EU Targets Seeds and Gardeners; Critics Lash Out

By:  Alex Newman
EU Targets Seeds and Gardeners; Critics Lash Out

Critics lash out as the European Union targets seeds and gardeners with a proposed new "law" to regulate all "plant reproductive material" within the bloc.

As part of the seemingly never-ending drive to expand and centralize its own coercive power, the controversial European Union in Brussels is now targeting seeds and gardeners with a proposed new “law” aimed at regulating all “plant reproductive material” within the bloc. Despite strong backing by mega-corporations and genetic-engineering giants, however, the proposal has sparked a furious grassroots outcry around the world that transcends traditional political divides.

Critics are calling on the emerging EU super state to kill the scheme immediately. Over 200,000 people have already signed a petition against the plan. Another 35,000 signed a petition refusing to accept the scheme, and thousands more signed a separate statement vowing non-compliance. The growing coalition fighting back against the program brings together unlikely allies, too: environmentalists, leftists concerned about corporate power over government, libertarians, farmers, conservatives, liberals, gardeners, small-scale seed producers, advocates for national sovereignty, and more.

However, while Brussels policymakers are reportedly scrambling to amend the proposal in response to the unexpected tsunami of outrage, powerful lobbyists and the European establishment appear determined to ram through the nearly 150-page package of “reforms.” There is major pressure behind the effort, which reportedly includes well-funded lobbying campaigns by companies such as Monsanto and other “Big Ag” interests seeking to consolidate their dominance over the seed market.

Top officials are onboard as well. "Smarter rules for safer food! This is how I can best summarize the important package of measures adopted today by the [European] Commission to reform Europe's agri-food chain,” claimed European Commissioner for Health and Consumers Tonio Borg on May 6, when the proposal was tabled in the commission. Citing the recent horse-meat scandal in Europe and the existing byzantine regulatory regime, Borg claimed the scheme was urgent.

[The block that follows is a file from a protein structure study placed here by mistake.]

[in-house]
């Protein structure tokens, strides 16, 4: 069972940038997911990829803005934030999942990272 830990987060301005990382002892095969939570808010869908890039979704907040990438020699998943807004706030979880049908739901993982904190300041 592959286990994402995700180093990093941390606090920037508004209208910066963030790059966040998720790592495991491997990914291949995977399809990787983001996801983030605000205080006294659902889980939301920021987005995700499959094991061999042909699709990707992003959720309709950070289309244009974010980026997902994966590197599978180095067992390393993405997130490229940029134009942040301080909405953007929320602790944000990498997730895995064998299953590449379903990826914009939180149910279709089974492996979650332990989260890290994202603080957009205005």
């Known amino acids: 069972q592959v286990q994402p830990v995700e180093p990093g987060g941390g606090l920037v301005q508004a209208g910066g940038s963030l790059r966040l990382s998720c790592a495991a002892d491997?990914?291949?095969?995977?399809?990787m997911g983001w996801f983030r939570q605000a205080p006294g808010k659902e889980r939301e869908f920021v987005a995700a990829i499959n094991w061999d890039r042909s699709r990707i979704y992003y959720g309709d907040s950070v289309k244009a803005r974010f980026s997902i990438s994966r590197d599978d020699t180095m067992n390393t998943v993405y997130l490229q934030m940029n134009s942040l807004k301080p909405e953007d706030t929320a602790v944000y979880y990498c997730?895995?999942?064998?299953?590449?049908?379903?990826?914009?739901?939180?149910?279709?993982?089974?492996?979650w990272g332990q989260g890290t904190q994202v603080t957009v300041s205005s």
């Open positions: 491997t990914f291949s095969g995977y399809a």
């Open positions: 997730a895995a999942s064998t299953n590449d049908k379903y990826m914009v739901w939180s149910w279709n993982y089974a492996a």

“We have to be proud of the system in place. It's probably the safest in the world,” the health commissioner alleged before the commission, a bizarre hybrid body that includes both legislative and executive power. “But today's proposed reform aims to modernize, simplify and strengthen the legal framework governing official controls, animal and plant health and plant reproductive material to ensure a safer food chain.”

For critics, however, the proposal must be shot down. Among the wide array of concerns expressed by opponents of the measure are the consequences on the freedom of small farmers, home gardeners, and independent seed producers. If approved, the EU assault would essentially outlaw any varieties that were not “registered” and “certified” by massive international agricultural firms working together with bureaucrats in Brussels. Seeds with “patented” genes and big money behind them, meanwhile, would see a major windfall as the propagators of traditional seed varieties deal with the wrath of out-of-control authorities.

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